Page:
In its Annual Report to Congress, OMWI found that minorities represented 35.3% of the SEC’s workforce while women represented 46.2%.[20] More specifically, Asian Americans represented approximately 13.1% of the SEC’s workforce, as compared to 6.5% of the overall federal workforce.[21]

OMWI has also published a Diversity and Inclusion Strategic Plan.[22] The plan was developed with input from SEC employees as well as dialogue with entrepreneurs, investors, and minority-owned and women-owned businesses.[23] The plan sets forth five goals in support of diversity and inclusion. One goal consists of building a diverse talent pipeline for the SEC workforce that draws from “all segments of American society.”[24] Some recommendations to further this goal include strategic outreach and recruitment using sources like diverse professional organizations, such as AAAIM, establishing partnerships with minority, women, and other diverse professional organizations, and establishing a goal for enhancing diversity among our senior executive ranks.[25]

Norman Mineta, the Consummate Public Servant

Finally, I would like to express my appreciation for Secretary Norman Mineta, who will receive a tribute in a few minutes from AAAIM and Ginger Lew. During the latter part of his life, I was fortunate to know Norm through the U.S.-Japan Council. Norm was always generous and giving with his time. In 2014, Norm graciously attended a dinner that I organized for the Asian Pacific American Bar Association of Washington, D.C., where he imparted his wisdom and encouragement to many Asian American attorneys. I first met Norm in 1987, as a high school student attending a summer program on government in Washington, D.C. Several years later, as an intern in the House of Representatives, I periodically saw him there. I am also particularly pleased to see his son David today; in 2004, David and I spent about 10 days together in Japan as part of the Japanese American Leadership Delegation. As the consummate public servant, Norm will forever stand as a role model for all of us.

Thank you, AAAIM, for giving me the opportunity to address you today. AAAIM has been a highly valued professional organization partner with the SEC for several years. Thank you for always making yourself available to dialogue and providing candid and insightful input about priority issues being considered by the SEC.

[1] My remarks reflect solely my individual views as a Commissioner and do not necessarily reflect the views of the full Commission or my fellow Commissioners.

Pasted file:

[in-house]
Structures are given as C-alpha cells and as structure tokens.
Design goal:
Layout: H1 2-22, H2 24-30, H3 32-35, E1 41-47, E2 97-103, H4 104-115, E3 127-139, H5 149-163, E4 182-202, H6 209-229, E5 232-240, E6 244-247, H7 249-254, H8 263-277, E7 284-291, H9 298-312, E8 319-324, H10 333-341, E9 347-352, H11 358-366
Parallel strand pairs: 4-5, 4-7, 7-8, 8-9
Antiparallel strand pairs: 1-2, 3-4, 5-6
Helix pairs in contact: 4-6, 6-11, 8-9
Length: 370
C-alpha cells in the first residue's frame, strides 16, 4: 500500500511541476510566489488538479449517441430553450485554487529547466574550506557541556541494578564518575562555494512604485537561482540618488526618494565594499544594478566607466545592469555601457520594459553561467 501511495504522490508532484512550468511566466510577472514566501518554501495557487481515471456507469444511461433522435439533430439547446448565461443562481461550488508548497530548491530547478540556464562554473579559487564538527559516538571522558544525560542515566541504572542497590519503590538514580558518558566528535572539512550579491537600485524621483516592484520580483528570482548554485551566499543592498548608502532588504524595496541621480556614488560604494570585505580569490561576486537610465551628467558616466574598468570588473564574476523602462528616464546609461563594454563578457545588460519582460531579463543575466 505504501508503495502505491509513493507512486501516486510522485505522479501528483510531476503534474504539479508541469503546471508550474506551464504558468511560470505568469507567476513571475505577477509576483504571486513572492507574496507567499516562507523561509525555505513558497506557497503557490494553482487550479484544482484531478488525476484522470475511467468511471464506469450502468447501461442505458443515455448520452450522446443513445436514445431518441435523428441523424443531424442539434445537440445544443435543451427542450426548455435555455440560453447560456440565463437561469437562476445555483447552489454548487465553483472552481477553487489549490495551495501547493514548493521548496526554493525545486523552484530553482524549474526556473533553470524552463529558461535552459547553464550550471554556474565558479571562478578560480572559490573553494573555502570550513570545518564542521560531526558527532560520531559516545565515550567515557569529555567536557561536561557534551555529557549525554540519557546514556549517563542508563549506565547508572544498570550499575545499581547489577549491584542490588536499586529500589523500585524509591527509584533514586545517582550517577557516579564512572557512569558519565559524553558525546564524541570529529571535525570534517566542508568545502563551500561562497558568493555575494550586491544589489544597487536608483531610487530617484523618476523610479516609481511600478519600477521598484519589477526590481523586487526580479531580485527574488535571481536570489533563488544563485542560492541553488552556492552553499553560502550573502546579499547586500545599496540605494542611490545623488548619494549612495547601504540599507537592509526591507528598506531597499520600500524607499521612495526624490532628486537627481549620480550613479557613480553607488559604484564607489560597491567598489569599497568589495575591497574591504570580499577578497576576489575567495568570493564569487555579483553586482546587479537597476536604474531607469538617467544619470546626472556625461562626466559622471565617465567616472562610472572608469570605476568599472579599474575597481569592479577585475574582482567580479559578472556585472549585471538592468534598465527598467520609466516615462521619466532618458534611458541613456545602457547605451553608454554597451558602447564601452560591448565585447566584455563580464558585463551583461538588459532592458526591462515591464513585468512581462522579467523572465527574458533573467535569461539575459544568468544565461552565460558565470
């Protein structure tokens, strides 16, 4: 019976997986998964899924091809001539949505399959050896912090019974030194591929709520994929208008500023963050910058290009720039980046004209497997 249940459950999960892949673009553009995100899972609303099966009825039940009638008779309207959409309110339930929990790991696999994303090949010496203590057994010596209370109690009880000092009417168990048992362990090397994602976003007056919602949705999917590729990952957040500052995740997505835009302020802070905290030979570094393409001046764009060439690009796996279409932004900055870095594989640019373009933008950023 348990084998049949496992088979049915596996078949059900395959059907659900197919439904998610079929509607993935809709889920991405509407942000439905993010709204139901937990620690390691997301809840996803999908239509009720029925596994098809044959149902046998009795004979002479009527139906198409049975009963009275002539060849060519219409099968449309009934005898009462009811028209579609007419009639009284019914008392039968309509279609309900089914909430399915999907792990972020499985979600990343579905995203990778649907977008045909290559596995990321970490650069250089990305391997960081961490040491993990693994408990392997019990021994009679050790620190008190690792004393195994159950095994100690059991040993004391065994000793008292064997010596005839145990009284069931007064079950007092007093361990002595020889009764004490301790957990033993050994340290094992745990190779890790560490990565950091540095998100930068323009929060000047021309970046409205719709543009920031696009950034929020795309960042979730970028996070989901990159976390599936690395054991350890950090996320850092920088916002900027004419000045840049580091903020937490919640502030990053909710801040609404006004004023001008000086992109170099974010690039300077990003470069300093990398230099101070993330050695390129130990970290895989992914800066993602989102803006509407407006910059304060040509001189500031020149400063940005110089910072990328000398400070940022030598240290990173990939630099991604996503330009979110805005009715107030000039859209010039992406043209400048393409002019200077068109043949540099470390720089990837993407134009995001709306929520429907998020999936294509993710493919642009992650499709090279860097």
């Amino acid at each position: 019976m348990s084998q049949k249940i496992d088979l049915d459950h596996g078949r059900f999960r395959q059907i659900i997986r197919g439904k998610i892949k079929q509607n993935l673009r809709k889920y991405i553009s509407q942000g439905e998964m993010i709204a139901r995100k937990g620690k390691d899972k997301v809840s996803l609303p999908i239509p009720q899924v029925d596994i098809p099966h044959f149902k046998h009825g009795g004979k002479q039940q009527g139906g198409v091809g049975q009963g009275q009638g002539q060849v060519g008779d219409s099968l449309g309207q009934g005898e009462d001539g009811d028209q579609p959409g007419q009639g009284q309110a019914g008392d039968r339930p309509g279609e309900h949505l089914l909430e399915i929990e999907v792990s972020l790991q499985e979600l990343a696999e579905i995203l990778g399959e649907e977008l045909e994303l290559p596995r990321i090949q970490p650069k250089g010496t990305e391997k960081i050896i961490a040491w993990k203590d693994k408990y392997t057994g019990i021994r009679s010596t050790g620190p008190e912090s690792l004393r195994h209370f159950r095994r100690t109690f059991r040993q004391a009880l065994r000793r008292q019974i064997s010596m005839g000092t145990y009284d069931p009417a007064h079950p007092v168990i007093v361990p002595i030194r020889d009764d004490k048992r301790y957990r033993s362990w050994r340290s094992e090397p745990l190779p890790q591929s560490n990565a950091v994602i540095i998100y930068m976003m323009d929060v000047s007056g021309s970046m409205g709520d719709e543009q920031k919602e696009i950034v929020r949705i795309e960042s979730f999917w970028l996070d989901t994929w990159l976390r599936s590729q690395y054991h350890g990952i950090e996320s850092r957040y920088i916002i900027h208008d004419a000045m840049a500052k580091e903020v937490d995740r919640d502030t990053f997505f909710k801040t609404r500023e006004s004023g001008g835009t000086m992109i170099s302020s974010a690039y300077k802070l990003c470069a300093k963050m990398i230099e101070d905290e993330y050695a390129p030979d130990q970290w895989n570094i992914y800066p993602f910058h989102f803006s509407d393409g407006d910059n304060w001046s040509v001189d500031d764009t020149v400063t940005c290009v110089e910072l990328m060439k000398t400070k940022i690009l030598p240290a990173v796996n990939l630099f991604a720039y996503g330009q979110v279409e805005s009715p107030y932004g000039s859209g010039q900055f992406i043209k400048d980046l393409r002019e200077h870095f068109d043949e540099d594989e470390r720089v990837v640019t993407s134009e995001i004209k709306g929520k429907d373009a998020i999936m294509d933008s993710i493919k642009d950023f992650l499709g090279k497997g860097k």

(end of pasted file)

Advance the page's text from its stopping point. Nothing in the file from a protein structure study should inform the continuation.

[2] Boston Consulting Group, The $100 Trillion Machine (July 2021), at 4, available at

[3] Francesco Franzoni, The Effects of Concentration in the Asset Management Industry on Stock Prices (June 3, 2019), available at

[4] Knight Diversity of Asset Management Research Series: Industry, Knight Foundation (Dec. 7, 2021), available at

[5] U.S. Securities and Exchange Commission, SEC Announces Spring 2022 Regulatory Agenda, Press Release No. 2022-112 (June 22, 2022), available at

[6] Good Workers – Not Leaders: Unconscious Biases That Stall AAPI Advancement, AAAIM (Sept. 13, 2021), at 2, available at

[7] Data from the ICI/McLagan US Asset Management Diversity and Inclusion Survey (Nov. 1, 2020), available at

[8] Nathan Joo, Richard V. Reeves, and Edward Rodrigue, Asian-American success and the pitfalls of generalization, Brookings Institute (Apr. 20, 2016), at paragraph 4, available at

[9] AAAIM, supra note 6, at 3.

[10] Id. at 4.

[11] Id. at 7.

[12] Id. at 8.

[13] U.S. Securities and Exchange Commission, SEC Announces the Formation of Asset Management Advisory Committee, Press Release No. 2019-208 (Oct. 9, 2019), available at

[14] Recommendations for Consideration by the AMAC on July 7, 2021, at 1, available at

[15] Id. at 9 – 12.

[16] 17 C.F.R. 275.206(4)-5 (2022).

[17] See generally Commissioner Hester M. Peirce, Laudable Ends, Poorly Pursued: Statement Regarding Recent Pay-to-Play Rule Settlements (Sept. 15, 2022), available at

[18] 12 U.S.C. §5452.

[19] About the Office of Minority and Women Inclusion, available at

[20] Annual Report to Congress, Office of Minority and Women Inclusion (Mar. 2022), at 10, available at

[21] Id.

[22] Diversity and Inclusion Strategic Plan, Fiscal Years 2020 – 2022, Office of Minority and Women Inclusion, available at

[23] Id. at 14.

[24] Id. at 4.

[25] Id. at 9 – 10.